How I learnt active focus... using astigmatism?

So on the 14th of December I figured it out and learnt how to do it, and I hope my technique can help someone else get the hang of it if they’re having trouble. For context my “official” numbers are -4.25sph and -1.25cyl. Measured myself about -3.8sph -0.3cyl. I have a small amount of astigmatism in my eyes and I feel this may have aided the technique but it should work nonetheless.

For measuring the astigmatic axis I pulled up a Siemens star chart, one used to find astigmatism in photographic lenses, and combined it with a protractor around the edge.

Siemens star w protractor

I cover one eye. When I got one axis sharp and the rest in slight defocus I noticed that the blur in the out of focus area wasn’t constant. The interference between the out-of-focus lines created a sort of interference (moire?) that I saw fluctuate radially in and out of the centre.

After a short while of staring at it I noticed I could ever so slightly manipulate how close the blur/interference gets to the centre of the chart. I entertained this idea. The interference of the the out-of-focus lines created a sort of visual feedback to the brain as I tried to manipulate the lens in my eye. The in-focus lines caused by astigmatism presented a reference point to what all the out-of-focus lines ought to be and it became a game.

Eventually I got the blur to retreat closer and closer to the centre, and before long I was seeing all the lines sharp with equal boldness. I wasn’t able to hold it for long at this point, so I practised it a few times to eventually get the technique down.

A couple of days later I was listening to a podcast and looking out of the window at a tree without leaves. I was wearing my differentials of -3sph only, as I hadn’t ordered any normalized yet. At one point I stared at it and tried using the technique I had learnt. To my amazement I watched as the tree very slowly came into focus. Over one dioptre of blur cleared up and even the tiniest branches and the trees in the distance came into sharp focus.

The first time I did this it was quite jarring as it’s so dramatic and I’m technically not supposed to be able to see this clearly with just a -3sph correction. Today I can get it in focus much quicker and hold the focus for a little longer. If I get any double vision or ghosting during AF I can blink and it’s gone, though sometimes it takes a few tries.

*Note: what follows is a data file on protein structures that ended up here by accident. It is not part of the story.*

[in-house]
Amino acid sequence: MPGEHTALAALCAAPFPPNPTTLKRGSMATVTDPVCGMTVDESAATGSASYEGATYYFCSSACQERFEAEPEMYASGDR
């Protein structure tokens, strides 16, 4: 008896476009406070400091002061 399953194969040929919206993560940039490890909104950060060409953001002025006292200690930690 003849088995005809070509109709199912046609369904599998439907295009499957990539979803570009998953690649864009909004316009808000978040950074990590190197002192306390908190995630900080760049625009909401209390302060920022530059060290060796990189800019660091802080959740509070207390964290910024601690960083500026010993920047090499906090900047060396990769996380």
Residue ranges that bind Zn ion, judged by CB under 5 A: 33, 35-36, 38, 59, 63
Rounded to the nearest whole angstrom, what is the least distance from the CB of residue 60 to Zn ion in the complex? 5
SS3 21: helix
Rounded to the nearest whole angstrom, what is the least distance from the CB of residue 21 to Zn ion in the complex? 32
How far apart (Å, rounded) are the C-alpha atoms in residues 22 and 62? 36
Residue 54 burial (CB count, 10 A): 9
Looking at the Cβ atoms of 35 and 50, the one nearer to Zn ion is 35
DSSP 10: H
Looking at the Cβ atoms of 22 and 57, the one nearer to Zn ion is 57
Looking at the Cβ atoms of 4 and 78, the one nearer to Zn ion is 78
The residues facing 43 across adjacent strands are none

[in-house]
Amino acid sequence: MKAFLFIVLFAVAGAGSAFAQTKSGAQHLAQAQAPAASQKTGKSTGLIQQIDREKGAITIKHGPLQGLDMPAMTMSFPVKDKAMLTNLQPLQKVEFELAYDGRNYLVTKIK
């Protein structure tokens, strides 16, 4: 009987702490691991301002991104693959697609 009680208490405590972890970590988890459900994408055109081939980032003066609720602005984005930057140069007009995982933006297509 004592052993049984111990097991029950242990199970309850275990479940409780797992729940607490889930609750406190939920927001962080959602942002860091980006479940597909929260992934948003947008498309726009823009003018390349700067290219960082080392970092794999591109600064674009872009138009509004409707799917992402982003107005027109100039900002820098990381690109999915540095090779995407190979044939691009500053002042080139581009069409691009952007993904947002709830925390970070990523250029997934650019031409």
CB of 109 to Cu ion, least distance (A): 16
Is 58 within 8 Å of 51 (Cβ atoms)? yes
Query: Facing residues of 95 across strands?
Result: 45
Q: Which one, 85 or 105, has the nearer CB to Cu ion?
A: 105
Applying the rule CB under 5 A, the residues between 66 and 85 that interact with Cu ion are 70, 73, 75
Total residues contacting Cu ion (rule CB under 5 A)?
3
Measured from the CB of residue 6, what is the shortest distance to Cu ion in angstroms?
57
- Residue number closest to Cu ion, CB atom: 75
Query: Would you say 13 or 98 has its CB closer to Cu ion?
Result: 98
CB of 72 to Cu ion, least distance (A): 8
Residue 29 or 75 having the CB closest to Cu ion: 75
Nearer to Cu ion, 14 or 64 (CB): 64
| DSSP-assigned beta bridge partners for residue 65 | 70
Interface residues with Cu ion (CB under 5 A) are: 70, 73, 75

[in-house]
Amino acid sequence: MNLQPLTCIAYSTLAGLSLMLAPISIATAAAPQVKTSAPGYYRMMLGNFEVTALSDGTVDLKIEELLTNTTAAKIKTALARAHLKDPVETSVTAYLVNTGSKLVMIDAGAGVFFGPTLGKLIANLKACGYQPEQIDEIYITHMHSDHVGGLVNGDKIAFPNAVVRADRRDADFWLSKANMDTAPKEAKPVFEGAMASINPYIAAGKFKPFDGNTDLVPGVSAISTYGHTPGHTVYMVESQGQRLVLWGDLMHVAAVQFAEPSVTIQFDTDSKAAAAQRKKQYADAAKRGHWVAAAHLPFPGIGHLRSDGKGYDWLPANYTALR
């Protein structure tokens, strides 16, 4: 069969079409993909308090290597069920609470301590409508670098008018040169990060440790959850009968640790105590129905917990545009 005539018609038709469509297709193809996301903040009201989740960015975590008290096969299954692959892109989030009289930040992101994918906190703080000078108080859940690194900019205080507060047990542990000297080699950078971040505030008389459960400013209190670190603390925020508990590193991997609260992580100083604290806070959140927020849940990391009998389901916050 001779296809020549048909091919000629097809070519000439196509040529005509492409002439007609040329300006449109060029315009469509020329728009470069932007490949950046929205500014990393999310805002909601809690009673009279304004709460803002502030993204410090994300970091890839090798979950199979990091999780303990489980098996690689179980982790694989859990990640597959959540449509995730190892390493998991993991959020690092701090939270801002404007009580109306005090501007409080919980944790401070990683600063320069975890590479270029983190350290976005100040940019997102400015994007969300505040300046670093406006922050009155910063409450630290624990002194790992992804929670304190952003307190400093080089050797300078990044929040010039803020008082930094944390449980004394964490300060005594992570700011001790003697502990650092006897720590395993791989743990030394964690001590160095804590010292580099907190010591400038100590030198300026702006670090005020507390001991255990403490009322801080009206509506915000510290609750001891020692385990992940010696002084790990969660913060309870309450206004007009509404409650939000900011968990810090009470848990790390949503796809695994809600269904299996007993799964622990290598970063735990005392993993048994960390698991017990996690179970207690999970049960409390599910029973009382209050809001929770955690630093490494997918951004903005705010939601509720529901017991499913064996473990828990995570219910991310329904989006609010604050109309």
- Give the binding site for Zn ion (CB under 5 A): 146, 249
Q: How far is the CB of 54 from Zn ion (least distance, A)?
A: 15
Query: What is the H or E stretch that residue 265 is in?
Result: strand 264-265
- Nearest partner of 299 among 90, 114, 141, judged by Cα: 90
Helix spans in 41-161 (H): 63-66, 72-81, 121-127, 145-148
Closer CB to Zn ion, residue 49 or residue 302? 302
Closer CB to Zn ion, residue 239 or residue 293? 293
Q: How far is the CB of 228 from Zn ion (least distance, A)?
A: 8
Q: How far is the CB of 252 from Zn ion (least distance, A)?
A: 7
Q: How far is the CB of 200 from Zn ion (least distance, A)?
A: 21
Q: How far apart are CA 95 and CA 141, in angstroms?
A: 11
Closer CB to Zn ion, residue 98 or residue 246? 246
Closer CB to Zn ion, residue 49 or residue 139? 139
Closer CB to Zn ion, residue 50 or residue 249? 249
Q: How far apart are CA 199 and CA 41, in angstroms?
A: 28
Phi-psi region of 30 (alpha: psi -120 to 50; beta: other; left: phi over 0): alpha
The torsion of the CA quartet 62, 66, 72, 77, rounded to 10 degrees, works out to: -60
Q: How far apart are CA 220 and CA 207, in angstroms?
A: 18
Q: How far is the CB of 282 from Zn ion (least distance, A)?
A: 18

yes you will also be able to do this (maybe not to full clarity) without any glasses soon

if my understanding is correct, the double vision should be something you work on - not blink to get rid of it but keep trying to look without blinking - after a while your brain will get that you are trying to clear it up and start fusing the images. This is how I understand the guide to double vision on this forum and I tried it myself and works better after some practice

yes I also initially got much lower cyl value than my official prescription. Don’t want to dishearten you but when the difference is THAT big (1 D) it is highly likely to be measurement error on your part. Took me the best part of a year to get better at measuring cm to blur on the weak axis to get an accurate cyl value . Now I am getting near to what my official prescription is

and don’t forget you are looking at a contact lens prescription when you measure to your eye (compare to that, not to glasses prescription)

1 Like

I did notice that sometimes it fades away after a few seconds. Thanks, will keep that in mind!

I’m not surprised if my cylinder measurement is wrong to be honest. Sometimes the weak axis measures higher cm than the strong axis, which is backwards. That said I picked up a pair of jackson cross cylinders, and -0.5cyl is seems to be a slight over-correction (makes the axis rotate 90°compared to without).

@that_h_guy: Out of curiosity, when you were doing this were you wearing your differentials with cylinder correction or doing something else? I’m trying to see if I can replicate the effect.

I was doing it without any glasses for the most part. My differentials don’t have any cylinder in them, so if I kept distance at the edge of astigmatism while wearing them it’d work too.

1 Like

Okay, that makes more sense. While I have a small amount of astigmatism (-0.50 in one eye and -0.25 in the other) I have retained cylinder in my differentials. I’ll try it without glasses on, or maybe wait until my new trials lens kit shows up and try it with differential correction without cylinder to see how it goes.

Great tip, thank you. May I ask on which point do you focus? On the centre? Or anywhere on the line? Do you change the point you focus on?

I noticed that while staring at it with one eye all lines start kind of dancing and change sharpness but I could not make it to the point you have (blur disappeared).

I kind of looked around the whole image, but mostly in the out-of-focus area.

Yes this is the effect. The trick is to relax but at the same time engage your eye, without facial muscles (at least for me).

1 Like